Interview with Bernard Lafayette
QUESTION 3
JUDY RICHARDSON:

Why did, why did you push for SCLC to come to Chicago? Why did you come, why did you push to come to Chicago?

BERNARD LAFAYETTE:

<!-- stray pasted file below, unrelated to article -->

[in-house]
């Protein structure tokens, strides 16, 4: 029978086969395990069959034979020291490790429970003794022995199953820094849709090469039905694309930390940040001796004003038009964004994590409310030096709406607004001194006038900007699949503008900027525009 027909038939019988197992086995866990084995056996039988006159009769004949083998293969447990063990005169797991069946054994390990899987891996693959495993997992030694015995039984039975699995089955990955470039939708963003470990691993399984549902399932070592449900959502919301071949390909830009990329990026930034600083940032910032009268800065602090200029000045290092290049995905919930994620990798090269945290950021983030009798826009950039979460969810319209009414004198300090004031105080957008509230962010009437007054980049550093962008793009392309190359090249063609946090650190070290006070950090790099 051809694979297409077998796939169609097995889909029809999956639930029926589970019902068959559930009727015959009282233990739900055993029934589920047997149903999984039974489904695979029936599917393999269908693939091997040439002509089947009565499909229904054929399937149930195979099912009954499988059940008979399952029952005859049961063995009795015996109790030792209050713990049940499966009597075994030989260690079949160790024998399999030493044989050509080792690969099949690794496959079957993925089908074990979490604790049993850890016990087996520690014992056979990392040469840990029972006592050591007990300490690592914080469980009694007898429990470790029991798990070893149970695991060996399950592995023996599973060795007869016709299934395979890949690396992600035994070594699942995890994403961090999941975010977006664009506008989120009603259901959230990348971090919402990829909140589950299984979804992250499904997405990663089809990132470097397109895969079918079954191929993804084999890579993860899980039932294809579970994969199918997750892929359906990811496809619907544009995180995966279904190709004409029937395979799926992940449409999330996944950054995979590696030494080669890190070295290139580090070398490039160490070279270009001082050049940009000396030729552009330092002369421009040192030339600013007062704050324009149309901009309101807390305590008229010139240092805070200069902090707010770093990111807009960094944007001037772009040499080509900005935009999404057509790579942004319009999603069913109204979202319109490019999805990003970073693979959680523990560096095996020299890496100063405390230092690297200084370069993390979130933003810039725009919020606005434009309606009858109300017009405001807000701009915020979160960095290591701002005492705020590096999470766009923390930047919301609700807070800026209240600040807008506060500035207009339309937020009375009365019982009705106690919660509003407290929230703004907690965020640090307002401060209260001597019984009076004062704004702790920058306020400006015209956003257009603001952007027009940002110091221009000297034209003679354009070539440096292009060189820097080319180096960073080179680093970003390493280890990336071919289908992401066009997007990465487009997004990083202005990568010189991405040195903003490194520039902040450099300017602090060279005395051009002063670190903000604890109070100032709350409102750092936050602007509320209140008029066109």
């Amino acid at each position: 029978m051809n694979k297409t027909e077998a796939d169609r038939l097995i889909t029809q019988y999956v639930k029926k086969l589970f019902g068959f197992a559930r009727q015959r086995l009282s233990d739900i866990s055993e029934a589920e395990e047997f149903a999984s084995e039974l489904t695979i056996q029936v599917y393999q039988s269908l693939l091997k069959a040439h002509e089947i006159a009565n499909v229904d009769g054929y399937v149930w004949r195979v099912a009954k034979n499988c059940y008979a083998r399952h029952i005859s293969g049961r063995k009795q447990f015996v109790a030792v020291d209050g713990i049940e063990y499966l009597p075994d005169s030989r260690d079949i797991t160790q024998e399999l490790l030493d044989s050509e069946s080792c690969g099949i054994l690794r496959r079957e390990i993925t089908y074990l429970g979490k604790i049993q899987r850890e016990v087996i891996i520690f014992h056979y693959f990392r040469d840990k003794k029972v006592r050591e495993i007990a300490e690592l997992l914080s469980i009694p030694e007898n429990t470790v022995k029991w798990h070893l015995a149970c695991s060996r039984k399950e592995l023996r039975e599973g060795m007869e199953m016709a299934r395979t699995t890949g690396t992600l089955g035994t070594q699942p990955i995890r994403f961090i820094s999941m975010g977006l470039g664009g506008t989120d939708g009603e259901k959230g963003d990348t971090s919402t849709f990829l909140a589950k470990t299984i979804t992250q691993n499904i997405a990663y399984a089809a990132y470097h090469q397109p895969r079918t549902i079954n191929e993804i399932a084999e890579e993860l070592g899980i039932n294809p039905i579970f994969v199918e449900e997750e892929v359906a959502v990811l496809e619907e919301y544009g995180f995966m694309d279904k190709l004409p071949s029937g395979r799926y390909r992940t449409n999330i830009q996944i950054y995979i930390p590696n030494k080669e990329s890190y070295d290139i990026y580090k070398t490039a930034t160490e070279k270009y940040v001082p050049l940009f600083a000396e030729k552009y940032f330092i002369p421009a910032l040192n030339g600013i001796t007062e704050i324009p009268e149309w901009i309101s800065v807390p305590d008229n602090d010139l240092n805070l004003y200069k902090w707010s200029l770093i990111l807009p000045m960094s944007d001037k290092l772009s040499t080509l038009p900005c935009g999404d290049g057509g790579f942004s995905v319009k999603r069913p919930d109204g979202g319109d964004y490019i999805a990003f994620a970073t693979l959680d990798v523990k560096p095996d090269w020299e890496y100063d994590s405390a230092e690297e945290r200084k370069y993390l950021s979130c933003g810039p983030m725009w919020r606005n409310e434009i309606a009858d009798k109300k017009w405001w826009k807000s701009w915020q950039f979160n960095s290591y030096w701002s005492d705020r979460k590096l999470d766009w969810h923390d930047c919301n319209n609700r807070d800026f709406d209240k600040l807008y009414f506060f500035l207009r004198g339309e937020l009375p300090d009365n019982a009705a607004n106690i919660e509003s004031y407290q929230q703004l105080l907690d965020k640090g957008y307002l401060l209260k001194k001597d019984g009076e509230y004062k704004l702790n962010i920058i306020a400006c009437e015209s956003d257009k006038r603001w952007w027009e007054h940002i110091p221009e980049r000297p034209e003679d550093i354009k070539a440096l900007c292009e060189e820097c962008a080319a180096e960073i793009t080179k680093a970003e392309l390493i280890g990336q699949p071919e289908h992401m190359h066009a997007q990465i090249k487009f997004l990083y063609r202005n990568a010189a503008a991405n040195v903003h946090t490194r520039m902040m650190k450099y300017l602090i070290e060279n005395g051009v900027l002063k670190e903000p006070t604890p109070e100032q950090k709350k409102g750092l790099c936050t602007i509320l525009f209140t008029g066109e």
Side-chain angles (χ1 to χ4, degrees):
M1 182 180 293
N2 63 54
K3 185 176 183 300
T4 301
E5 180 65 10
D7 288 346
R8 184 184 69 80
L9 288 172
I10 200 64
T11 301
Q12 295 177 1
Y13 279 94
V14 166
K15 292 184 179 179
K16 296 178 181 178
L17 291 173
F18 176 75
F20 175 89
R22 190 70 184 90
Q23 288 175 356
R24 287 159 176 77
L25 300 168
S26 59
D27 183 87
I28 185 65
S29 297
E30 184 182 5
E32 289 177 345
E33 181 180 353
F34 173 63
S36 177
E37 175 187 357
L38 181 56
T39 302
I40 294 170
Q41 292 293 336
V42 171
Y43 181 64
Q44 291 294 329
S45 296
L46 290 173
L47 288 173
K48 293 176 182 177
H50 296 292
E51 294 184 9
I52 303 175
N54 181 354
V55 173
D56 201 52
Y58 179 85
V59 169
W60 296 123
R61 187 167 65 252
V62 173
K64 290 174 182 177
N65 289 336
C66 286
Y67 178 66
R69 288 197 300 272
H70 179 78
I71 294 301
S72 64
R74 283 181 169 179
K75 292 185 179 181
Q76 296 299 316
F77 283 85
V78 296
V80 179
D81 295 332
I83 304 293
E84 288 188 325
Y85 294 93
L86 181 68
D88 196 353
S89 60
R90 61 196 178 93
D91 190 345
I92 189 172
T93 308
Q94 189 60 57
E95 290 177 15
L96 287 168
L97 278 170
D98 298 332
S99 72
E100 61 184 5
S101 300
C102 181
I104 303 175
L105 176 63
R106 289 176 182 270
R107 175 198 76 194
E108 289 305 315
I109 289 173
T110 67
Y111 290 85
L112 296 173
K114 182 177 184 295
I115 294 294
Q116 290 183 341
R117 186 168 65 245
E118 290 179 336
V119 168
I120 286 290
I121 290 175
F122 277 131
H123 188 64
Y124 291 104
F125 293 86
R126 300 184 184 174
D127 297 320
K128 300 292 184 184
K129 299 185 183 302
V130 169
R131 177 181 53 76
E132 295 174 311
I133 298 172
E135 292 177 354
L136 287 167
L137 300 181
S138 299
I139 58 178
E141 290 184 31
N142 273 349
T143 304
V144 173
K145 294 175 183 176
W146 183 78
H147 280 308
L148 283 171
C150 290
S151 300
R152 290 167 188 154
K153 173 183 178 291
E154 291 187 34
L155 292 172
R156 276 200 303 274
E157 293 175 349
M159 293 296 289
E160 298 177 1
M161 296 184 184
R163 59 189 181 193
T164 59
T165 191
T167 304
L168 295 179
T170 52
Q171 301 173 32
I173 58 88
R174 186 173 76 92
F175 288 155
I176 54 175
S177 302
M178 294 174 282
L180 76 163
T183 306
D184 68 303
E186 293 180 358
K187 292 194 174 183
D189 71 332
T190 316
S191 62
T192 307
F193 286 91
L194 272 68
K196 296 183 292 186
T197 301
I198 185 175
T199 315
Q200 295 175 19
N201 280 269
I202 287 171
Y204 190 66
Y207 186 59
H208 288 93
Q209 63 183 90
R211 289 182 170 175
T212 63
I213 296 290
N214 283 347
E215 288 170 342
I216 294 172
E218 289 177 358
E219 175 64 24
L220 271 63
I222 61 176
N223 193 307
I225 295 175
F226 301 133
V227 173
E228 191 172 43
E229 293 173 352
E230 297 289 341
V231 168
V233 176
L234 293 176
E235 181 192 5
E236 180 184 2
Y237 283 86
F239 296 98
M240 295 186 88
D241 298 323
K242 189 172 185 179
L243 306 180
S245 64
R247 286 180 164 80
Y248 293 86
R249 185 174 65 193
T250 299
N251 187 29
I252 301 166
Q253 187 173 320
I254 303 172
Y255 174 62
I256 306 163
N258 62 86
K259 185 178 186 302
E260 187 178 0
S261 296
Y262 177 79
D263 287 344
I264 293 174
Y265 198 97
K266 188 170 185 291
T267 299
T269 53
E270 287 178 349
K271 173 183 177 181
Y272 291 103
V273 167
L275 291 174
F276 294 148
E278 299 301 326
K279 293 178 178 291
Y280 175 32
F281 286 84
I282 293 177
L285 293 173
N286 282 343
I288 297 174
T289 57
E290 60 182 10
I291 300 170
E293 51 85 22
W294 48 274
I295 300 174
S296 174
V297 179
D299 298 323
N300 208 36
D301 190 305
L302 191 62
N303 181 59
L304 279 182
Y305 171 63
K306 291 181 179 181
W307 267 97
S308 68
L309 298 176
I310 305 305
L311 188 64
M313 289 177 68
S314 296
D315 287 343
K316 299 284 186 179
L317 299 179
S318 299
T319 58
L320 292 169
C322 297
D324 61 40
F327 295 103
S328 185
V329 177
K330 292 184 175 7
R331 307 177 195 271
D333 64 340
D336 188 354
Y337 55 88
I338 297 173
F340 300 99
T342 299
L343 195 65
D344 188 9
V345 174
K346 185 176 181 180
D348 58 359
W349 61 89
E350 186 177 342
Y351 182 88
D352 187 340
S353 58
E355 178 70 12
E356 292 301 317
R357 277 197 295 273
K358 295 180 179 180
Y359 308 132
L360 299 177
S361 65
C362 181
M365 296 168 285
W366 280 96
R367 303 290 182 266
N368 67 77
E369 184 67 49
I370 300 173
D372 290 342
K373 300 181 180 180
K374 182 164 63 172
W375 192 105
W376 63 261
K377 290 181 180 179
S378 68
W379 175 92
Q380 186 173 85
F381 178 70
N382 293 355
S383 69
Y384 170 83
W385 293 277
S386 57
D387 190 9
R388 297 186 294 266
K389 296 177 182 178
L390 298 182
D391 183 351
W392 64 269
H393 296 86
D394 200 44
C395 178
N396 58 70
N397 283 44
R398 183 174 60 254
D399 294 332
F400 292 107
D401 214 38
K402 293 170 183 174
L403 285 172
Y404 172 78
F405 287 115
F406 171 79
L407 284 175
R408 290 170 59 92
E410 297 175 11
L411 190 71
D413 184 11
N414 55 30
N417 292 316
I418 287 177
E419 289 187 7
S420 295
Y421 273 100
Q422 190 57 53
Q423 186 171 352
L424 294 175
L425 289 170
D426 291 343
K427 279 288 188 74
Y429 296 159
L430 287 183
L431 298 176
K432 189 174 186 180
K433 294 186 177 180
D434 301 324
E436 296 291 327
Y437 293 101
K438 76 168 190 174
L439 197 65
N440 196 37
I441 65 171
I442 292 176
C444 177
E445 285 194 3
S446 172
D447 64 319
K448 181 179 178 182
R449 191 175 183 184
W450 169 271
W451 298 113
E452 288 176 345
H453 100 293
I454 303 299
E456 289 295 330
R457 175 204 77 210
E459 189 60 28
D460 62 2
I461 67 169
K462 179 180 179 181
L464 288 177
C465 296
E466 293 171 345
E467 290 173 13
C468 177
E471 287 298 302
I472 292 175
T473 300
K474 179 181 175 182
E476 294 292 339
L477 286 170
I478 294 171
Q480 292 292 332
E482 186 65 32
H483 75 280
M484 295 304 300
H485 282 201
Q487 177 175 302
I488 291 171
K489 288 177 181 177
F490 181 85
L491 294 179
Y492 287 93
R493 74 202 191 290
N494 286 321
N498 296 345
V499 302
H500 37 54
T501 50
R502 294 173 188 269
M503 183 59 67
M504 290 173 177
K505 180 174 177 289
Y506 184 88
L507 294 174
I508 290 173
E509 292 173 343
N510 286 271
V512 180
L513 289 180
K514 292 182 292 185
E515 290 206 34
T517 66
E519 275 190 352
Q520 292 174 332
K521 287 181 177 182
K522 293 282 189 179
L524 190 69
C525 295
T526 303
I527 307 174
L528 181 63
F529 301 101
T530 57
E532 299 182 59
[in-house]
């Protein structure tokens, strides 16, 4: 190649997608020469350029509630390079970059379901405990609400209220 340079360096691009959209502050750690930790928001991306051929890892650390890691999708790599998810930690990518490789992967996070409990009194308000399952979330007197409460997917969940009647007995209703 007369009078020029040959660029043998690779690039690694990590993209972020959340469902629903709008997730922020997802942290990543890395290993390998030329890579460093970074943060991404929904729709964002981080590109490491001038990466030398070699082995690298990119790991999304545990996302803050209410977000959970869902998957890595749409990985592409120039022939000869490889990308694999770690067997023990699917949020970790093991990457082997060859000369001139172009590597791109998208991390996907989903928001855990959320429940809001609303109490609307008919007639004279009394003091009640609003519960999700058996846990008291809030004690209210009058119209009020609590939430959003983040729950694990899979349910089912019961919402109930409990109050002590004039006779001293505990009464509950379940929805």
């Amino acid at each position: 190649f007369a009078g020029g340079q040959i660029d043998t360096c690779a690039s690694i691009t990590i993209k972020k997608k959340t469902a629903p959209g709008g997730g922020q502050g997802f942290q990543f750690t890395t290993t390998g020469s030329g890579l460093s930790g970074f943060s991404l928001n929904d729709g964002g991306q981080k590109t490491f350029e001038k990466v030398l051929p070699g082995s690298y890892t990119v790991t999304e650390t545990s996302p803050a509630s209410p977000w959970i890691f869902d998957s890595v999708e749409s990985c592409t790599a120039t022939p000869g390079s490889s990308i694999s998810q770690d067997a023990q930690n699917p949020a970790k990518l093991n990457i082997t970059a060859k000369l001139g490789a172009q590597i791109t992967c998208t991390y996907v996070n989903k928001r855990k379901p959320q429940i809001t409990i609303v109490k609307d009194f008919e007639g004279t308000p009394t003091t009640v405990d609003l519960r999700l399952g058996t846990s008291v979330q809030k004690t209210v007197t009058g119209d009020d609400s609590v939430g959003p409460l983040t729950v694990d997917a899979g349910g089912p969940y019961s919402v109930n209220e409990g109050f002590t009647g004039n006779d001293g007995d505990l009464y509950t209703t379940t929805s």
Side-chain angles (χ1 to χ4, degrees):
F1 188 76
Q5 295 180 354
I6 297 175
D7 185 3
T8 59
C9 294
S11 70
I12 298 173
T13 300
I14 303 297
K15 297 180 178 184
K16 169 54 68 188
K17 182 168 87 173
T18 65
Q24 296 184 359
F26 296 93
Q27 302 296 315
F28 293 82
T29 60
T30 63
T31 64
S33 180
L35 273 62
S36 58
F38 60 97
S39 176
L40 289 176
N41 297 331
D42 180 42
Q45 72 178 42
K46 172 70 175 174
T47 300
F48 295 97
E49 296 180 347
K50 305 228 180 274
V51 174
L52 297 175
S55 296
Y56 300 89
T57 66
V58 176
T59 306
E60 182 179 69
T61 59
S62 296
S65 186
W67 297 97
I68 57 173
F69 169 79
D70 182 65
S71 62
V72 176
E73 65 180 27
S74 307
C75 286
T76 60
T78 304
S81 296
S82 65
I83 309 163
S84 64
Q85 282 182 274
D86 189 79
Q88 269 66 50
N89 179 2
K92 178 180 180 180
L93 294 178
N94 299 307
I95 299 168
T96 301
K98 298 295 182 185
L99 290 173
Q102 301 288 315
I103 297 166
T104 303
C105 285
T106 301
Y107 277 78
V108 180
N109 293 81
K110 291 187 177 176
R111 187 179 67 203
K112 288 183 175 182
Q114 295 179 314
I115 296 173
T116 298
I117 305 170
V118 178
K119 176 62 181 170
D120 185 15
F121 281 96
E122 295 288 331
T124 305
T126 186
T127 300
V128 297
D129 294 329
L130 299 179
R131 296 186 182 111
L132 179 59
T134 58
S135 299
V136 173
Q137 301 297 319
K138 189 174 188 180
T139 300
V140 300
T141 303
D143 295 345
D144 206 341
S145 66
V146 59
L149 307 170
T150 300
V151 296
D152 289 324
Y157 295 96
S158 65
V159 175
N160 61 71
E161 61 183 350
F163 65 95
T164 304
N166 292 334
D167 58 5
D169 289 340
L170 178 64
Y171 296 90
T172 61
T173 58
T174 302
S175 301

One of the reasons we had pushed to come to Chicago is because, while we had a lot of support from the northern cities for our movement in the South, there were nevertheless problems that existed, you know, really severe problems, ah, of people in, ah, the slum areas of Chicago, for an example, and other places in the North. And this was an opportunity to experiment with the whole non-violent approach to see whether or not we could apply some of the same organizing techniques and some of the same principles and strategies to dealing with the problem in the South that we used in the South to apply to the North. And that was the basic reason why we wanted to come to Chicago. The other reason, Chicago as opposed to some other places, because, ah, for the year, say for an example, in 1965, a study was done, I believe it was by the Urban League but it said that something like 42 percent of the Blacks in Chicago were either first or second generation from Mississippi. So you had a lot of people from Mississippi. And that was the reason, you know, Chicago is right above Mississippi, so people migrate straight up the line. So, there was a good deal of support because what you're talking about is dealing with northern Mississippians. And we had a lot of experience dealing with, ah, Black Mississippians. So here they were transplanted North. Some had very close relationships and would go back and forth and spend part of the time. So therefore there was a good deal of appreciation for what we're doing. There was a good deal of respect for Martin Luther King and a good deal of support for the movement itself. So, these are the kinds of things that made it possible. Also, the image of Chicago, in terms of its politics, in terms of its, ah, you know, image and, and liberal mayor, Dayo--Mayor Daley was considered a liberal mayor and was very supportive of Civil Rights in the South. And, ah, even in the North we found, ah, there in, in Chicago, here in Chicago, ah, Black elected officials. We had congressmen, I remember Congressman Dawson and some of the others. On the local level you had city councilmen. So, you had a good deal of participation in the government. So we felt that we had some friends and that, ah, by dramatizing some of the problems and issues that Martin Luther King could very well do and some organizers from the South, we could begin to address these issues and also begin to, ah, help Chicago as an example for other northern cities to deal effectively with the problems of the slums and the ghettos and that sort of thing.